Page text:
He had much to say of America, the more that it gave occasion for his favourite topic,—that society is being enlightened by a superficial tuition, out of all proportion to its being restrained by moral culture. Schools do no good. Tuition is not education. He thinks more of the education of circumstances than of tuition. 'Tis not question whether there are offences of which the law takes cognizance, but whether there are offences of which the law does not take cognizance. Sin is what he fears, and how society is to escape without gravest mischiefs from this source—? He has even said, what seemed a paradox, that they needed a civil war in America, to teach the necessity of knitting the social ties stronger. 'There may be,' he said, 'in America some vulgarity in manner, but that's not important. That comes of the pioneer state of things. But I fear they are too much given to the making of money; and secondly, to politics; that they make political distinction the end, and not the means. And I fear they lack a class of men of leisure,—in short, of gentlemen,—to give a tone of honour to the community. I am told that things are boasted of in the second class of society there, which, in England,—God knows, are done in England every day,—but would never be spoken of. In America, I wish to know not how many churches or schools, but what newspapers? My friend, Colonel Hamilton, at the foot of the hill, who was a year in America, assures me that the newspapers are atrocious, and accuse members of Congress of stealing spoons!' He was against taking off the tax on newspapers in England, which the reformers represent as a tax upon knowledge, for this reason, that they would be inundated with base prints. He said, he talked on political aspects, for he wished to impress on me and all good Americans to cultivate the moral, the conservative, &C., &C., and never to call into action the physical strength of the people, as had just now been done in England in the Reform Bill,—a thing prophesied by Delolme. He alluded once or twice to his conversation with Dr. Channing, who had recently visited him, (laying his hand on a particular chair in which the Doctor had sat).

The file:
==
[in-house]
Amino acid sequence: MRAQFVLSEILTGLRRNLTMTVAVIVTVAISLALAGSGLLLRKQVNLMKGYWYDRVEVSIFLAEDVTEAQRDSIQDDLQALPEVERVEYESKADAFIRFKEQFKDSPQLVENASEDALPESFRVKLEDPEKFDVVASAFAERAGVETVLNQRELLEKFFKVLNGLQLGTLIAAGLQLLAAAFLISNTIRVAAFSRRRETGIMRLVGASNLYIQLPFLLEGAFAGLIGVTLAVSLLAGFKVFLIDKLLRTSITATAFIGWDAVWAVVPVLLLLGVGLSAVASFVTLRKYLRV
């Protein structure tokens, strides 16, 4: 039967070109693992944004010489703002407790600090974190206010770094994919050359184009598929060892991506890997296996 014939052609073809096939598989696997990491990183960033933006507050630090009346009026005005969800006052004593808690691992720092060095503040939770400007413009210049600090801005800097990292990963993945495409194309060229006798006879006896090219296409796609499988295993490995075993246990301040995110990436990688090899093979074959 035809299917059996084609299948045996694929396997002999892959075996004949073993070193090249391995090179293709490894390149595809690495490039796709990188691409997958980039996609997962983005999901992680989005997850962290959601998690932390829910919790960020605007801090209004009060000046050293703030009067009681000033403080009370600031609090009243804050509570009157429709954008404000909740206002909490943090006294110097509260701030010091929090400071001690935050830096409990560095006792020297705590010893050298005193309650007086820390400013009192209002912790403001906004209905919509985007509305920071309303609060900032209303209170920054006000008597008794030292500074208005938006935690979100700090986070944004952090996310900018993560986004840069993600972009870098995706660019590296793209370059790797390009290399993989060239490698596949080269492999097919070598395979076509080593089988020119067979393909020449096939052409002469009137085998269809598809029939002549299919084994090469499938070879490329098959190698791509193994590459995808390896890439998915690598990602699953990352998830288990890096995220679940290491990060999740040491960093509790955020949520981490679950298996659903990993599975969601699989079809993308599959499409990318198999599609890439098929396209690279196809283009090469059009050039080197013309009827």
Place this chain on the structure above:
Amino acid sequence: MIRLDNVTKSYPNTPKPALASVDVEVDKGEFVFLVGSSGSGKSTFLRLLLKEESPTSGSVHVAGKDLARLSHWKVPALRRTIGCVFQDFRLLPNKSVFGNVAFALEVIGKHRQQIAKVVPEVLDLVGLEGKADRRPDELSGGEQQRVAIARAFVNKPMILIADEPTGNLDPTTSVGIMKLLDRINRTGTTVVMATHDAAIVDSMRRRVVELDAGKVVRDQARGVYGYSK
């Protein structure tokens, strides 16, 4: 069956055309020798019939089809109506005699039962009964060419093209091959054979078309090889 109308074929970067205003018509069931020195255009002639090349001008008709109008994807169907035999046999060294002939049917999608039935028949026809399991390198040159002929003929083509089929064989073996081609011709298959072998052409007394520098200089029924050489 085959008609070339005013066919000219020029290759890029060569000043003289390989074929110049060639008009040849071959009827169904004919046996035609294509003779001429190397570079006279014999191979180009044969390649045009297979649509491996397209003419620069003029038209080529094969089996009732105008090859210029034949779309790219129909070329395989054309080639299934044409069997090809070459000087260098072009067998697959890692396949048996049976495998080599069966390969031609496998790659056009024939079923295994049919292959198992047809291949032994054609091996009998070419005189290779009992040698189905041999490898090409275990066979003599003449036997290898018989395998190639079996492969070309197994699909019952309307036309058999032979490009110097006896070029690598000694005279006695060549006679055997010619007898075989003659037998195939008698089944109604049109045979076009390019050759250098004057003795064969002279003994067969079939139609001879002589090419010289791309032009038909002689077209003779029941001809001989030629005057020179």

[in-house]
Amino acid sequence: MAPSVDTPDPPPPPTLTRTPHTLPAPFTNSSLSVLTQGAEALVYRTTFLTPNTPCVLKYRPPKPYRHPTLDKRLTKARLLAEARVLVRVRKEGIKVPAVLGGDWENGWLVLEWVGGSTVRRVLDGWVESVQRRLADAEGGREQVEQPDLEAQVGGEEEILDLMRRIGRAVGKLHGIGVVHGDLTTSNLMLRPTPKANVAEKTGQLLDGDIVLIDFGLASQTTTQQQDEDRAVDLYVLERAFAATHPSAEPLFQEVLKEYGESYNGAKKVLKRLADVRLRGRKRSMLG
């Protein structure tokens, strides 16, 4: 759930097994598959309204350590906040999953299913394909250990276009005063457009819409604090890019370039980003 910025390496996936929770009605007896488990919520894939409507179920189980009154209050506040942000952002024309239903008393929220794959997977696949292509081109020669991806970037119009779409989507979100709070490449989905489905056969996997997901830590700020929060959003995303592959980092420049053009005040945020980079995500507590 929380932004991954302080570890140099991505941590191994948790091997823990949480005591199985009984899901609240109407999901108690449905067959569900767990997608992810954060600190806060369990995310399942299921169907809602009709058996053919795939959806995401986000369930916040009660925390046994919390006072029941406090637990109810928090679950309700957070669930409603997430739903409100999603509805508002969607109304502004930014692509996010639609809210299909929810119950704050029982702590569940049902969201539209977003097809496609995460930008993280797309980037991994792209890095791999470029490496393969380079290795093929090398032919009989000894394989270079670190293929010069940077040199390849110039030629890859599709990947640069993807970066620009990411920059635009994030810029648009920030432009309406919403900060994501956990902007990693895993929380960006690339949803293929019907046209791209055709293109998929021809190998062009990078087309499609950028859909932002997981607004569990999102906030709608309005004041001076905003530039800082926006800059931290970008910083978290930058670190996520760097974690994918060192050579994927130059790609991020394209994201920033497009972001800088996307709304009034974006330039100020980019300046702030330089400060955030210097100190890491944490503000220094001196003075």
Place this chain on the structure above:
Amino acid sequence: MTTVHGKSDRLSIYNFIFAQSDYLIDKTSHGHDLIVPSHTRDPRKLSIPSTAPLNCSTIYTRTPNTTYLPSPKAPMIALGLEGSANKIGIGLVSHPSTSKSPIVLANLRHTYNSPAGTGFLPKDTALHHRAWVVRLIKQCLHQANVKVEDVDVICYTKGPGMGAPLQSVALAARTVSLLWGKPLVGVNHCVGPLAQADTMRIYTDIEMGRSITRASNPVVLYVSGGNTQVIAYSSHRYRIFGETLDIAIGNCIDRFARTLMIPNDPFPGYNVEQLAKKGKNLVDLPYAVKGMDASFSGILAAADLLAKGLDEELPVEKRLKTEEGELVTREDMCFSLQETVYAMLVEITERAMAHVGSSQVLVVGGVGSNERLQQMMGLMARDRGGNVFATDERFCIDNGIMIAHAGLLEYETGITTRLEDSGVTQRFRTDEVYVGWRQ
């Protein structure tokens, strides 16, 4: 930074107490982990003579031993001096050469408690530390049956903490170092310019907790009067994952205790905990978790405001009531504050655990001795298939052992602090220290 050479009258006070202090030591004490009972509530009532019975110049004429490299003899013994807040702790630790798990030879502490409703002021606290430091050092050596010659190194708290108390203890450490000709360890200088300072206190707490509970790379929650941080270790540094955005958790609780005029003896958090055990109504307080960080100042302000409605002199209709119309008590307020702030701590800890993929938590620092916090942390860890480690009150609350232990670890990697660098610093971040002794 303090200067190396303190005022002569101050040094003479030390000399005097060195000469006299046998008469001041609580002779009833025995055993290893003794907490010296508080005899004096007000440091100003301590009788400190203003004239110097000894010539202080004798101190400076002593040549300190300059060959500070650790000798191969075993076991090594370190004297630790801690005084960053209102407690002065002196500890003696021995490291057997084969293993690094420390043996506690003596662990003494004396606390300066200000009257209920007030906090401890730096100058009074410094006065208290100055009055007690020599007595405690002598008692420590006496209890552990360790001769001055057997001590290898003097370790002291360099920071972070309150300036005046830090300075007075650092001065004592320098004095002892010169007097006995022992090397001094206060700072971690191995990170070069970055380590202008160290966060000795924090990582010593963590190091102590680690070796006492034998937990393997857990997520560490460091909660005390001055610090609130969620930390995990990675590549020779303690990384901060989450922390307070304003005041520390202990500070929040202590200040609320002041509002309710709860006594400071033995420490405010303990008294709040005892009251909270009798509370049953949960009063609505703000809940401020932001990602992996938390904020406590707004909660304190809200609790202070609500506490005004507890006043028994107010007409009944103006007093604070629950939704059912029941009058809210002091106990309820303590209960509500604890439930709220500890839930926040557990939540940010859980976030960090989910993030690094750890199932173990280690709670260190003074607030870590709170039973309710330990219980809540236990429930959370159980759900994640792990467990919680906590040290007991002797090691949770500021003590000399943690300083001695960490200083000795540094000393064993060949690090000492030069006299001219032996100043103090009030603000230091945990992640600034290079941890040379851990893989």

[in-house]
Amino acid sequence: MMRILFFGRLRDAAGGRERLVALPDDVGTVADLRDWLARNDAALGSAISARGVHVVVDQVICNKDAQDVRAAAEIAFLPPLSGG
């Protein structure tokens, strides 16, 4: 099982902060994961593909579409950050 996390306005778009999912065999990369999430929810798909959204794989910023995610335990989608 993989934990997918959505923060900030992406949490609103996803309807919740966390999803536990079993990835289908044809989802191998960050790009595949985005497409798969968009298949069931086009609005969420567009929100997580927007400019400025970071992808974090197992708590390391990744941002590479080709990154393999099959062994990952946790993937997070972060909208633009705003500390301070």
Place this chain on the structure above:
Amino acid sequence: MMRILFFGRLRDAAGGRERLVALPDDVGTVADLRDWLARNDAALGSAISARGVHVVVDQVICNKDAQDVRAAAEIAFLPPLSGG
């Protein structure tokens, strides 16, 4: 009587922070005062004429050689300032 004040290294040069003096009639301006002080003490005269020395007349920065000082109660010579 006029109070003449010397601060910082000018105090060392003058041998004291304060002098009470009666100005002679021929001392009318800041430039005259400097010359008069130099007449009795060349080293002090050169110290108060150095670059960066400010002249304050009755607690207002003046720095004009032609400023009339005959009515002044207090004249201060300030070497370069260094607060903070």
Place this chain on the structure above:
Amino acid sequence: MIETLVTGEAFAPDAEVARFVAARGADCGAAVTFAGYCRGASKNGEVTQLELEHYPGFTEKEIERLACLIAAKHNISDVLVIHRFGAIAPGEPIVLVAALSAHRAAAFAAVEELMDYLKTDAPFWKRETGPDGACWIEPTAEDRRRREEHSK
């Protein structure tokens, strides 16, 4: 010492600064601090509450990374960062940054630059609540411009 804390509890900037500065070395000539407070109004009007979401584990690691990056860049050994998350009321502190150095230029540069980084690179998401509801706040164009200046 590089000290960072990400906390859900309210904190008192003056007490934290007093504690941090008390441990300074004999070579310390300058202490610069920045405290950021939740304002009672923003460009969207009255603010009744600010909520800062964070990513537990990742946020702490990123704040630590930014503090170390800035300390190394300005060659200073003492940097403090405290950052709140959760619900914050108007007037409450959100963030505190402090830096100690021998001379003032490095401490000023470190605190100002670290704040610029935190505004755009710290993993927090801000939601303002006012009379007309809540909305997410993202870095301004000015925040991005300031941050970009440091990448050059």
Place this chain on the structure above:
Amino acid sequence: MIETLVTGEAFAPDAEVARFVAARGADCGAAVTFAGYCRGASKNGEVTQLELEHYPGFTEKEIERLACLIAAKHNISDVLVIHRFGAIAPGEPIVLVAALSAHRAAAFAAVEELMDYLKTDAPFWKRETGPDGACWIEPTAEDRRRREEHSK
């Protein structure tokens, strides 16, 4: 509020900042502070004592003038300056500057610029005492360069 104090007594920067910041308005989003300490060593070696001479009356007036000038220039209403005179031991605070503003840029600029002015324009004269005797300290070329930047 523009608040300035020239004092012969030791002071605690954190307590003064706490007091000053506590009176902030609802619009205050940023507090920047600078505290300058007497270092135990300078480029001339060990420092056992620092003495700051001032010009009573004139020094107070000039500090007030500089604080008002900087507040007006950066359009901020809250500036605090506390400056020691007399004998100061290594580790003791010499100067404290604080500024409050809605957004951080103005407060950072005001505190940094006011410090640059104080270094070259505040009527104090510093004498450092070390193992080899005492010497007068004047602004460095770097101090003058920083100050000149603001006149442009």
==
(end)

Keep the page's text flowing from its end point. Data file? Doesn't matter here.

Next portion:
The conversation turned on books. Lucretius he esteems a far higher poet than Virgil: not in his system, which is nothing, but in his power of illustration. Faith is necessary to explain anything, and to reconcile the foreknowledge of God with human evil. Of Cousin (whose lectures we had all been reading in Boston), he knew only the name.
I inquired if he had read Carlyle's critical articles and translations. He said, he thought him sometimes insane. He proceeded to abuse Goethe's Wilhelm Meister heartily. It was full of all manner of fornication. It was like the crossing of flies in the air. He had never gone farther than the first part; so disgusted was he that he threw the book across the room, I deprecated this wrath, and said what I could for the better parts of the book; and he courteously promised to look at it again. Carlyle, he said, wrote most obscurely. He was clever and deep, but he defied the sympathies of everybody. Even Mr. Coleridge wrote more clearly, though he had always wished Coleridge would write more to be understood. He led me out into his garden, and showed me the gravel walk in which thousands of his lines were composed. His eyes are much inflamed. This is no loss, except for reading, because he never writes prose, and of poetry he carries even hundreds of fines in his head before writing them. He had just returned from a visit to StafFa, and within three days had made three sonnets on Fingal's Cave, and was composing a fourth, when he was called in to see me. He said, "If you are interested in my verses, perhaps you will like to hear these lines." I gladly assented; and he recollected himself for a few moments, and then stood forth and repeated, one after the other, the three entire sonnets with great animation. I fancied the second and third more beautiful than his poems are wont to be. The third is addressed to the flowers, which, he said, especially the oxeye daisy, are very abundant on the top of the rock. The second alludes to the name of the cave, which is "Cave of